Poison Ivy vs. Look-alike Species
Chances are most nature goers will experience the dreaded poison ivy rash at least once in their lifetime. The easiest way to avoid the painfully itchy reaction is to steer clear of the plant. Poison ivy (Toxicodendron radicans) is a native plant that is valued by wildlife—humans are one of the few species vulnerable to its “poison.” So if you leave it alone (unless it is in a location you can’t avoid), you’ll be protecting yourself and benefiting wildlife.
Poison ivy can be difficult to identify because of its variable appearance. It can be found as a vine climbing fences, posts and trees, laying low as a trail vine, or as a shrub. The vine is the easiest form to identify because of its unique “hairy” appearance; the hairs are rootlets. The three leaves of poison ivy all have pointed tips. The leaf edges can be either serrated or smooth. The leaves typically look smooth and glossy with the middle leaf being the longest.
Poison ivy is typically reddish in the fall, while green to yellow the remainder of the year. Most have heard the catchy phrase, “leaves of three let it be”—an easy-to-remember expression that helps identify the plant. But this generalized saying gives some other common, harmless plants a bad rap.
Below are a few common look-alike species that are often confused for poison ivy. You can also click here to download and print a handy field guide.
Virginia Creeper (Parthenocissus quinquefolia)
Virginia Creeper is a native woody vine that has high value to wildlife, providing shelter and food. The best method of telling apart Virginia creeper and poison ivy is the number of leaves. Poison ivy has three, while Virginia creeper typically has five. While young Virginia creeper can have three leaves, it also has smooth vines, not hairy. If you can’t see the vine, avoid the plant! Virginia Creeper leaves range from 2 to 6 inches long with serrated edges. Young leaves emerge red, turning green as they mature (and brilliant red again in autumn). Virginia creeper can be found throughout the southern, midwestern and eastern half of the U.S., and it is often seen in forests, along fence lines, climbing up trees, and along streambanks. It is a tolerant species, thriving in full sun to partial shade.
Boxelder (Acer negundo L.)
Boxelder, part of the maple family, is a native bottomland tree with a wide range of distribution across the United States. Boxelder is often confused with poison ivy only in its young life as a sapling. Both plants have three leaflets with the middle leaflet on the longest stalk. The leaf arrangement of these two species is the easiest giveaway of telling the two apart. Poison ivy leaves are opposite, while boxelder leaves are alternate. Another clue is the young leaf color. A young poison ivy plant is almost always reddish in color while a young boxelder is usually a light yellow to green. In maturity, boxelder trees and poison ivy are easy to distinguish from one another.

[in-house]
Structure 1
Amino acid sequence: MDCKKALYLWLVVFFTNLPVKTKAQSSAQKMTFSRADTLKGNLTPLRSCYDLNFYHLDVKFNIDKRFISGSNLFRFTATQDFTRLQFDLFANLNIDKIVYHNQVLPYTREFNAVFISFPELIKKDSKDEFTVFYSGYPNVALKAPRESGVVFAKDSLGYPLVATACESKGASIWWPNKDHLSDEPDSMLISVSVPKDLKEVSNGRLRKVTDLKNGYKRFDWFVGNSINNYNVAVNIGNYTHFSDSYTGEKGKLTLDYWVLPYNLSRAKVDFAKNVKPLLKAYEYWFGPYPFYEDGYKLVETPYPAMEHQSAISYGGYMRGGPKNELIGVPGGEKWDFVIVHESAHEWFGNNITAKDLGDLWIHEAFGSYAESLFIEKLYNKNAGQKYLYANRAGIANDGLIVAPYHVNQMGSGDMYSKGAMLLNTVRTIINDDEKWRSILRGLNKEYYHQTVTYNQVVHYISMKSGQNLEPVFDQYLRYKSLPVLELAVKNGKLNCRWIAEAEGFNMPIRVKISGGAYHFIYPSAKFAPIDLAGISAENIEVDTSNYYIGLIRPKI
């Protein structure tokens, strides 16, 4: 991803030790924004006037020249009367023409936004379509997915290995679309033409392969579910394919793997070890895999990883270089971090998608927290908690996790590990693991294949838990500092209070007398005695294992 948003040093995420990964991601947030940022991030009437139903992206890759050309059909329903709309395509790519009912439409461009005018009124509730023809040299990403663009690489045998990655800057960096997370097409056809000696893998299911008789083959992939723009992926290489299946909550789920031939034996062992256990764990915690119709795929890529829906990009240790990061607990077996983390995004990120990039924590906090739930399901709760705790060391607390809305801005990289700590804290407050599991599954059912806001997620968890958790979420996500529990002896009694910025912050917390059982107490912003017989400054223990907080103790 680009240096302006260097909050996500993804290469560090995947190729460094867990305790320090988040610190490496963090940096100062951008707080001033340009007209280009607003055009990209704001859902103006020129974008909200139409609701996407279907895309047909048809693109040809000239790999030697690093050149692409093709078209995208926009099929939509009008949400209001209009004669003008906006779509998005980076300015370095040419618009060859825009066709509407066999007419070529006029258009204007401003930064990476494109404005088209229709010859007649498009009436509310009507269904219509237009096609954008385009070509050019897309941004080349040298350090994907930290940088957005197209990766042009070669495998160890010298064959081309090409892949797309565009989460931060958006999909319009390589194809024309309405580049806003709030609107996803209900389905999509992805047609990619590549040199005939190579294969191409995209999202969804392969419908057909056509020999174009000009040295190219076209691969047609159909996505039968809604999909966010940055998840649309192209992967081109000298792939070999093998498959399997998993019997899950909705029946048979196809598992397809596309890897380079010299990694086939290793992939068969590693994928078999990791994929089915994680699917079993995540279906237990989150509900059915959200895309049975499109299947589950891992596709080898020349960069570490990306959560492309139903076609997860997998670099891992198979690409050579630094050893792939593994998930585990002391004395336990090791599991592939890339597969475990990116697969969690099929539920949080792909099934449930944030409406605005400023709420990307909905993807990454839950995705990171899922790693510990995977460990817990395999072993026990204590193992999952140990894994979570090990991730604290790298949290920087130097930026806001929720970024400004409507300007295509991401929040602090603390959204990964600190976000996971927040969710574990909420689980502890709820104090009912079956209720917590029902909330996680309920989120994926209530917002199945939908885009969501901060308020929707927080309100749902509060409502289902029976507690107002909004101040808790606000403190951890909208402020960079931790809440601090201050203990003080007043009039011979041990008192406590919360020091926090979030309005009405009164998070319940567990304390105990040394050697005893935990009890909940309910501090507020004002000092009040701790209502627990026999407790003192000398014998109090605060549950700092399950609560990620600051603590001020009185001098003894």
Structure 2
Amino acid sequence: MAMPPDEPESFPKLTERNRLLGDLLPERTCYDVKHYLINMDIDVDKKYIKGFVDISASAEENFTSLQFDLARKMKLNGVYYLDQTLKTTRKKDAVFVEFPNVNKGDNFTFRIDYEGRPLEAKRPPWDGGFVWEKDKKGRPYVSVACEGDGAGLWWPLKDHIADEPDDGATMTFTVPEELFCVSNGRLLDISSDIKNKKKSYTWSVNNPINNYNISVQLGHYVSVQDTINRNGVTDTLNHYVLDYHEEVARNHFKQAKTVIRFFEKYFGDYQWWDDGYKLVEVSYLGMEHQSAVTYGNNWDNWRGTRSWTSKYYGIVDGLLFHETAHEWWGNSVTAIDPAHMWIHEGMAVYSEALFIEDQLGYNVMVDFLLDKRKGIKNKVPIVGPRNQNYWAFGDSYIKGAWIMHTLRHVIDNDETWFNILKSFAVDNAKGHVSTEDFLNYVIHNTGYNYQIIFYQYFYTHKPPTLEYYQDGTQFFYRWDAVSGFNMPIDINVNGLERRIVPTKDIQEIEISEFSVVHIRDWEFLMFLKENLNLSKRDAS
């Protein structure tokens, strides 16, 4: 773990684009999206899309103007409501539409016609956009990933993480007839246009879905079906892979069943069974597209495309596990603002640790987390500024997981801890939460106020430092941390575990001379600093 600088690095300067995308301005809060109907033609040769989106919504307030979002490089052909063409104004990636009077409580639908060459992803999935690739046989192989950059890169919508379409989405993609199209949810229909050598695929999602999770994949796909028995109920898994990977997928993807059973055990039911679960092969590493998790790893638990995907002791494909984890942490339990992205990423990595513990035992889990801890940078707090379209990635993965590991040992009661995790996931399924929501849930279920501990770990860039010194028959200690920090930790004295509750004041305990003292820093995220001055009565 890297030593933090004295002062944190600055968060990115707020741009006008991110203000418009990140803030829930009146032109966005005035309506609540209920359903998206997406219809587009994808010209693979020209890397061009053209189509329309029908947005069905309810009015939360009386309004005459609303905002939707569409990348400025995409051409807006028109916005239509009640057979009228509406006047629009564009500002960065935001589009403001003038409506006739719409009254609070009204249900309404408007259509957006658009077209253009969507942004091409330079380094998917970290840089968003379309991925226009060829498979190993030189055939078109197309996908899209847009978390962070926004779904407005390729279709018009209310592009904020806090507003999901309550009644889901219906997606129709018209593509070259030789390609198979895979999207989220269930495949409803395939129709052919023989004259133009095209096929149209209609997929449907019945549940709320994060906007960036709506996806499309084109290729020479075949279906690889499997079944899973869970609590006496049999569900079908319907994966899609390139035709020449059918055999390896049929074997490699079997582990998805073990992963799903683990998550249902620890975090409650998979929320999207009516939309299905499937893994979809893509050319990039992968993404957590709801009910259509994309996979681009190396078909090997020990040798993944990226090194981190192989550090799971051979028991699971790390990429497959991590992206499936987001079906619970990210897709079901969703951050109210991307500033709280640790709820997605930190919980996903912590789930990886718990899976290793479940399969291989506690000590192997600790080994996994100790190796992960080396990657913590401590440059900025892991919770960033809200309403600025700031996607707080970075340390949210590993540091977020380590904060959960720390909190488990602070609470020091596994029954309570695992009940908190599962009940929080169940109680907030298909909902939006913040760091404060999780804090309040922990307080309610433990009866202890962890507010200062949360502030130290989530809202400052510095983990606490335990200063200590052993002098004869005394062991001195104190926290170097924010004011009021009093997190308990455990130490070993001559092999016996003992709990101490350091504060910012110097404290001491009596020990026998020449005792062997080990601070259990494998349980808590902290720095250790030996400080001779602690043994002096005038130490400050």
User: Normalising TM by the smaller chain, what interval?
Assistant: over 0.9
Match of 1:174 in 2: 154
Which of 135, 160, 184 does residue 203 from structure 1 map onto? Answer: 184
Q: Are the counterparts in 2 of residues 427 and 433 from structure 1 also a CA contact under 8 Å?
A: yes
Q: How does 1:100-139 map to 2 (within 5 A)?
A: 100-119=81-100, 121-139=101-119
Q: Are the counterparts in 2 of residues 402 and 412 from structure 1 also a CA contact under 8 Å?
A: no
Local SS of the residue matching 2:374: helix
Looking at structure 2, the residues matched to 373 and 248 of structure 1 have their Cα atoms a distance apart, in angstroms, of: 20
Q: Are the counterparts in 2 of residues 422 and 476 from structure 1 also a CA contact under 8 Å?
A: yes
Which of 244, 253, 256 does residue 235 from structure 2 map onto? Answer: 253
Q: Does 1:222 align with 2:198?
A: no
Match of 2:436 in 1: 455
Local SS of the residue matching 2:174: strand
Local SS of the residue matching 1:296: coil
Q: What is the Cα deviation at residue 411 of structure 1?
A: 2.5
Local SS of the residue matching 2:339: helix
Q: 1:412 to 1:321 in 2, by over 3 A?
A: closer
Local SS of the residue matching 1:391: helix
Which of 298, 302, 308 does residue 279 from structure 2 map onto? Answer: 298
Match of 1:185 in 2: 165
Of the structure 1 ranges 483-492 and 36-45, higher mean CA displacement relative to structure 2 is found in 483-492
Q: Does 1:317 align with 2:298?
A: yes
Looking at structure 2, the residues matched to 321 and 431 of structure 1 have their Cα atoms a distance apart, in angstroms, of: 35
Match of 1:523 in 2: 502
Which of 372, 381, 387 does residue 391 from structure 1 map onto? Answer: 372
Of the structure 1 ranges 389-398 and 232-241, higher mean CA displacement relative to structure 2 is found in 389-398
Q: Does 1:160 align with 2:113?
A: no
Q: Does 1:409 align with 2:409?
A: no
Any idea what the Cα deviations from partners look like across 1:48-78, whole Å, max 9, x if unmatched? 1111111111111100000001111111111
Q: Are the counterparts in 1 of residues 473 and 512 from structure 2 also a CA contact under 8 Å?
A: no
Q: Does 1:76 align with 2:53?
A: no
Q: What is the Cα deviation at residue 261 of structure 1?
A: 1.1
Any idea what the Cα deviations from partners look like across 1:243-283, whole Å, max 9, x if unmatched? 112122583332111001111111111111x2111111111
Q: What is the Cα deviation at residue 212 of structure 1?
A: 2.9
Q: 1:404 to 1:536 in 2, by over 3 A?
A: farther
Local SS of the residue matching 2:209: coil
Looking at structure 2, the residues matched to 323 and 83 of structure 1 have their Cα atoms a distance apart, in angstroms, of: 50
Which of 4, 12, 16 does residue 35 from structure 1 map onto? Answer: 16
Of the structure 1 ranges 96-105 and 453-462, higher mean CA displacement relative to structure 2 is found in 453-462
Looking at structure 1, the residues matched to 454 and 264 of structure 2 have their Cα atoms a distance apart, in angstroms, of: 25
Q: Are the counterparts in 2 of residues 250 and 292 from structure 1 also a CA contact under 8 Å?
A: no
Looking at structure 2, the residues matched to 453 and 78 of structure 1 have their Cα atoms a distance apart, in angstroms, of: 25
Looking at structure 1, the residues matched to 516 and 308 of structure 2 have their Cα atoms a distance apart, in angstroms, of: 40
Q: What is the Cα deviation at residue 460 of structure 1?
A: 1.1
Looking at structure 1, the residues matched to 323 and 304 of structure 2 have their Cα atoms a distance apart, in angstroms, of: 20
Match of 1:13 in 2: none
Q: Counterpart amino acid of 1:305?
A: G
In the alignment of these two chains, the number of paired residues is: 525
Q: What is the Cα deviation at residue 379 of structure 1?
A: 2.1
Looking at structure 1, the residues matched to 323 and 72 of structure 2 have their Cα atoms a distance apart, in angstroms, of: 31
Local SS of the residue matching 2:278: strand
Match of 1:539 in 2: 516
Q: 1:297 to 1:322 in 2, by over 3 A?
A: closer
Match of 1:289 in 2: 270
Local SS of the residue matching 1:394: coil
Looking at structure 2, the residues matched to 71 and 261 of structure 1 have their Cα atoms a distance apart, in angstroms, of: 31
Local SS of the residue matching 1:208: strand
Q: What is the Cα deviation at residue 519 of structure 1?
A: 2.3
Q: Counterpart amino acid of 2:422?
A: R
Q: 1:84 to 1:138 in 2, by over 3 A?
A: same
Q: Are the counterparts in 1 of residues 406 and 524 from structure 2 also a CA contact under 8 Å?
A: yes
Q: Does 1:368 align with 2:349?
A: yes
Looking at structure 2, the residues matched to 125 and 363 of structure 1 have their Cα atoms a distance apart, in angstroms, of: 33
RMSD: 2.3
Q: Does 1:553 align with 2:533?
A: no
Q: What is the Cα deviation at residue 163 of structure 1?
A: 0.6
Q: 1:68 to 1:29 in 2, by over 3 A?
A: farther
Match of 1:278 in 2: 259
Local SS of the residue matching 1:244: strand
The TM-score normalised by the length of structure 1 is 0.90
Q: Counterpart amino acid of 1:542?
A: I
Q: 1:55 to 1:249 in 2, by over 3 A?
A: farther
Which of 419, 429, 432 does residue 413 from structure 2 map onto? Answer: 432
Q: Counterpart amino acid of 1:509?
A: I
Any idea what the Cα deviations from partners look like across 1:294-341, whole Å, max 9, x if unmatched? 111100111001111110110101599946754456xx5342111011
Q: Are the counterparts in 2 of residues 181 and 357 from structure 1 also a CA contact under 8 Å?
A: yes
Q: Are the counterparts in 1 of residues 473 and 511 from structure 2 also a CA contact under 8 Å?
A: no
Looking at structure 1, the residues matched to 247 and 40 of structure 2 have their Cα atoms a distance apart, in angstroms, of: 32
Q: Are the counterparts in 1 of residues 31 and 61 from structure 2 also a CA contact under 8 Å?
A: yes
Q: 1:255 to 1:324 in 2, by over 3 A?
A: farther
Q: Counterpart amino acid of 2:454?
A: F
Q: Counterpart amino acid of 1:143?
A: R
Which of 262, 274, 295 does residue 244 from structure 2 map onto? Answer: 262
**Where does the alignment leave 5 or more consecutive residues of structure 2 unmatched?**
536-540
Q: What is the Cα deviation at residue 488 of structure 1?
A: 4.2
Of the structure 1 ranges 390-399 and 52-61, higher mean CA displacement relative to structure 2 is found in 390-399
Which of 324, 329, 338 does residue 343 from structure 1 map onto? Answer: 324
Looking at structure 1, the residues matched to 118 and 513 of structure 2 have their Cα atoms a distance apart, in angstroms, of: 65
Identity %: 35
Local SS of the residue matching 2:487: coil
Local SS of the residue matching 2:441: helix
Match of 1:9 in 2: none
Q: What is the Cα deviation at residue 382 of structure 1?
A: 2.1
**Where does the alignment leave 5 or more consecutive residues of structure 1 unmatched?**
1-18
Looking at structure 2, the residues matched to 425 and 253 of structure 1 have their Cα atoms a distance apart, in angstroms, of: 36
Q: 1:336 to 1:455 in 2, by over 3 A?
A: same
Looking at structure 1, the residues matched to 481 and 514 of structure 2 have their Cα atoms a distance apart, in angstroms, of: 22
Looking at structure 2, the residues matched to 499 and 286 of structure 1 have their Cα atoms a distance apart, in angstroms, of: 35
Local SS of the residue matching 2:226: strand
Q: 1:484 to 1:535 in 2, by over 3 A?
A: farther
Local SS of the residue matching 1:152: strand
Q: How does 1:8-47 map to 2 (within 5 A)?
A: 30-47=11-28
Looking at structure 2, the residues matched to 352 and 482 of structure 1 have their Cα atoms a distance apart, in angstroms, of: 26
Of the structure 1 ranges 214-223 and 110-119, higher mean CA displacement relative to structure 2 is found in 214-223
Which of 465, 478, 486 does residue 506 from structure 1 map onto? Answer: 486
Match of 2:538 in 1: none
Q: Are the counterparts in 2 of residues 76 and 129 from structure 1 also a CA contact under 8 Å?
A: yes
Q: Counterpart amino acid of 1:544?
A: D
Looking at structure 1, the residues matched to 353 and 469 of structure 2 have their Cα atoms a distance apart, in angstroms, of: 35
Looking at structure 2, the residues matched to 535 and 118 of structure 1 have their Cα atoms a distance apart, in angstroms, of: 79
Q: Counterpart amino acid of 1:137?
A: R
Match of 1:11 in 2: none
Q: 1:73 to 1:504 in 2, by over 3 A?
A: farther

Mock Strawberry (Duchesnea indica)
Mock strawberry is a low growing invasive species found in patches on lawns, fields and dry openings. Like poison ivy, mock strawberry has leaves of three, up to an inch and a half long with serrated edges. Small yellow flowers bloom from April to June. The tasteless fruit of mock strawberry look like a much smaller, spikier version of the typical garden produce strawberry. The leaves of mock strawberry are much more yellow than poison ivy and connect to the stem at one central point. This contrasts with poison ivy leaves, which are opposite with the terminal leaflet on a longer stem stalk—an important distinguishing characteristic to tell these two apart.
Jack-in-the-pulpit (Arisaema triphyllum)
Jack-in-the-pulpit is a more unusual, native, shade-loving woodland species. Three smooth-edged leaflets meet from a common point at the top of each leaf steam. Leaves can become quite wide, reaching up to 8 inches, and are broadly oval with tapered tips. On a separate stalk, a large, hooded flower blossoms with a cluster of red berries growing in late summer. The leaves of three can be confused with poison ivy. However, if you look at the center vein of jack-in-the-pulpit, it does not reach the edge of the leaf tip. The center vein of a poison ivy leaf runs all the way to the edge.
American hog-peanut (Amphicarpaea bracteata)
Hog peanut is a native herbaceous annual vine plant that is in the pea family. The plant grows from 2 to 8 feet long, twining itself to nearby vegetation and branches. Hog peanut grows in moister soils in woodlands and meadows. This species has two flower types: One that forms an open flower on the upper stem and one that never opens on the ground. The flowers that do open have five petals and range in color from white to lavender. While hog peanut has leaves of three, they are much more egg shaped than poison ivy. The stems of hog peanut are very thin and fragile compared to poison ivy and the leaves have fewer veins.
Mature poison ivy. Photo by R.A. Nonenmacher, via Wikimedia Commons.